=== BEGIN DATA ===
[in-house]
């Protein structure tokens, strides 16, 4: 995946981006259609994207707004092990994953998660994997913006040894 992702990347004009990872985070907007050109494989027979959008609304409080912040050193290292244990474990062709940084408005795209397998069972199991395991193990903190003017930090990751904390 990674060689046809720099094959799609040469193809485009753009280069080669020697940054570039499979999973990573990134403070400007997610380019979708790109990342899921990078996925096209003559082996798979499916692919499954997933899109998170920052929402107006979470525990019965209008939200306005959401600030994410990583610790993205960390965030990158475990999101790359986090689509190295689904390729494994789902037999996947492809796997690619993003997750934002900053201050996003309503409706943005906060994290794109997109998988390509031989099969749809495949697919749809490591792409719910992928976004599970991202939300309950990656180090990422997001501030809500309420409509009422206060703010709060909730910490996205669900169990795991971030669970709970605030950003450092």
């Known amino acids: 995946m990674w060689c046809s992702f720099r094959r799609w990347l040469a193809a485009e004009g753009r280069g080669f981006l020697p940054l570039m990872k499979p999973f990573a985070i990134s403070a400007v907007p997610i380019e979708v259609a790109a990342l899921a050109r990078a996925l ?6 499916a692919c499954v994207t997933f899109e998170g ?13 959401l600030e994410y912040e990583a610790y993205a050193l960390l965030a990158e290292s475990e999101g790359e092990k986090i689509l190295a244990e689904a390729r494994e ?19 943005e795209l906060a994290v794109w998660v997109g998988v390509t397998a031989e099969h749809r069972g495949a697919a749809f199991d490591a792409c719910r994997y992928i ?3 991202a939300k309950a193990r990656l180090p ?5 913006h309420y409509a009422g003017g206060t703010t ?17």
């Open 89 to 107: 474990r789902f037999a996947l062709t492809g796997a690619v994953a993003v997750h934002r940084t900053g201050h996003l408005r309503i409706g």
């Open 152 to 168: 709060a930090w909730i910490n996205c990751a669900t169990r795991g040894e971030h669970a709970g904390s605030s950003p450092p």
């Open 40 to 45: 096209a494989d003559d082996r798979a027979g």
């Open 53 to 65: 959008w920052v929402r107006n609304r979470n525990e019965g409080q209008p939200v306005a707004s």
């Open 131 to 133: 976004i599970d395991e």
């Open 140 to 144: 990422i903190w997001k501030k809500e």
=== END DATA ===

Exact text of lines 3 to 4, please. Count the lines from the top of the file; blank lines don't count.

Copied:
């Known amino acids: 995946m990674w060689c046809s992702f720099r094959r799609w990347l040469a193809a485009e004009g753009r280069g080669f981006l020697p940054l570039m990872k499979p999973f990573a985070i990134s403070a400007v907007p997610i380019e979708v259609a790109a990342l899921a050109r990078a996925l ?6 499916a692919c499954v994207t997933f899109e998170g ?13 959401l600030e994410y912040e990583a610790y993205a050193l960390l965030a990158e290292s475990e999101g790359e092990k986090i689509l190295a244990e689904a390729r494994e ?19 943005e795209l906060a994290v794109w998660v997109g998988v390509t397998a031989e099969h749809r069972g495949a697919a749809f199991d490591a792409c719910r994997y992928i ?3 991202a939300k309950a193990r990656l180090p ?5 913006h309420y409509a009422g003017g206060t703010t ?17």
């Open 89 to 107: 474990r789902f037999a996947l062709t492809g796997a690619v994953a993003v997750h934002r940084t900053g201050h996003l408005r309503i409706g």